Lyons argued this would be a way for him to make additional money, as private practice here would result in conflicts of interest.

The commissioners said no to Lyons’ proposal.

Lyons confirmed Thursday he went to Clay County and signed the contract anyway.

He also issued a statement regarding the matter:

“I regret that the York Board of Commissioners refused to take a stand against crime affecting both our community and our neighbors' communities, together with the principles of law and order. I honestly did not expect the reaction by the board, especially when I was encouraged by the same board to reach out to Clay County. I am disheartened by the mischaracterizations made about the good people of Clay County -- they are our neighbors; they are our friends. What I heard, and the indifference shown to our neighbors at the board meeting, is not the Nebraska way. It is not Nebraska nice; nor is it civility in any way.

“I come from a region ravaged by hurricanes and tornados. And, folks, maybe it was because in those communities we rely so heavily on one another in times of need, or maybe it was because I was raised with the Christian values that we respond to our neighbors' call for help; but, we reach out to them in their hour of need. It is what I understood is the farmer's way; it's what I thought I had found in this community ... in my community of York. I am truly sorry that yesterday we let you down. Either I didn't say it right, or the board just wasn't getting it, but either way, you the people of York deserve much more from us. You deserve leadership that works together to meet your needs and the needs of our neighbors. You have my promise that I will do better to foster relationships with allies and win over adversaries to the cause of making yours a better community to live in.

“I have worked tirelessly to make York a community that everyone can be proud of. My office has partnered with multiple jurisdictions' agencies to combat crimes affecting our community that originate here and from a number of surrounding counties and metropolitan areas. I have taken seriously my oath to protect and defend the public and the rule of law. I am so ashamed that my colleagues on the Board of Commissioners chose not to join us all, you the good citizens of York County and myself, in that fight.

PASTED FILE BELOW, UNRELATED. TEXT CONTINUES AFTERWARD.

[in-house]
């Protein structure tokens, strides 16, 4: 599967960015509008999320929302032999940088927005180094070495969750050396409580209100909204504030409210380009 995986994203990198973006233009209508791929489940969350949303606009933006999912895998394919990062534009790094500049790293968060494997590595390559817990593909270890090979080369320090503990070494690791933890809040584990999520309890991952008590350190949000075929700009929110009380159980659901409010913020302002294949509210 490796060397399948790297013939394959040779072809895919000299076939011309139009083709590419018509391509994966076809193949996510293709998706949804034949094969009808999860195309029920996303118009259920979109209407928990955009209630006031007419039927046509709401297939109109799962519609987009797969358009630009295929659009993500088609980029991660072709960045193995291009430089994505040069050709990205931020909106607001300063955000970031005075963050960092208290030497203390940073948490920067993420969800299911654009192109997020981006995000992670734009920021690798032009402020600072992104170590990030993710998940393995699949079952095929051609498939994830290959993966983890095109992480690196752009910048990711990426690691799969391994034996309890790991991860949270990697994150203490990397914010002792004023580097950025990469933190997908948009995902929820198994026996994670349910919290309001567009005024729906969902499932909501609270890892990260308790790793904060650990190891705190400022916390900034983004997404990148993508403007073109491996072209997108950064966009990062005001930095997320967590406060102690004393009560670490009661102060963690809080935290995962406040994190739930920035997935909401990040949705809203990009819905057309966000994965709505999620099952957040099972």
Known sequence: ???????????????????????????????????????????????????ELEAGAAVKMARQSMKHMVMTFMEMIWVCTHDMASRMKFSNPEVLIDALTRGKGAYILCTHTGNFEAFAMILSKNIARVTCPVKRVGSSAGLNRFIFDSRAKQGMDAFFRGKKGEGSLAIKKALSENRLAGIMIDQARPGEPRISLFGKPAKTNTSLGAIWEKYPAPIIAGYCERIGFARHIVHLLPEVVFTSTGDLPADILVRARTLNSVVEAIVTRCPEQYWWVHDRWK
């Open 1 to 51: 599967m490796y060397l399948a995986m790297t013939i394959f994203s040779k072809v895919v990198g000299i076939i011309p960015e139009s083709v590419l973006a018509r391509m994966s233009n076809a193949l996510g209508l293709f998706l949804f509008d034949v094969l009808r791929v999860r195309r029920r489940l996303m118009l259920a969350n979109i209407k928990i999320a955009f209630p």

“Nebraska Revised Statute §32-604 authorizes ‘a county attorney may serve as the county attorney for more than one county if appointed under subsection (2) of section 23-1201.01.’ I have acted in accordance with Nebraska law, and without my board’s support, however it is my sincere hope that as I go forward in the coming weeks that I have yours. I have entered into a 6-month agreement, under Nebraska Revised Statute §23-1201.01, with Clay County to serve as their county attorney, in addition to being the county attorney here in York. This course of action has the approval of the Nebraska Attorney General, Nebraska Elections Commission, Nebraska Association of Counties (NACO) of which York County is a member county. My duties in Clay County will take a relatively small fraction of my time to accomplish, and my service to Clay County will be at no cost to York County taxpayers. As a public service and government attorney, I have no private clients. My single client is the State of Nebraska, which is comprised of you, all of its citizens.

“Those of us in your county government offices chose to serve in order to better the lives of the citizens of York County and Nebraska because it gives unique meaning our own. Going forward, I renew my commitment to the finest people I know, living and working beside me every day, right here…sharing in the good life, in York, Nebraska. I am so immeasurably proud to live among you, as one of you.”

York County Commissioner Chairman Obermier said the county board members would discuss the matter at their next meeting and had no comment on Lyons’ actions at this particular time.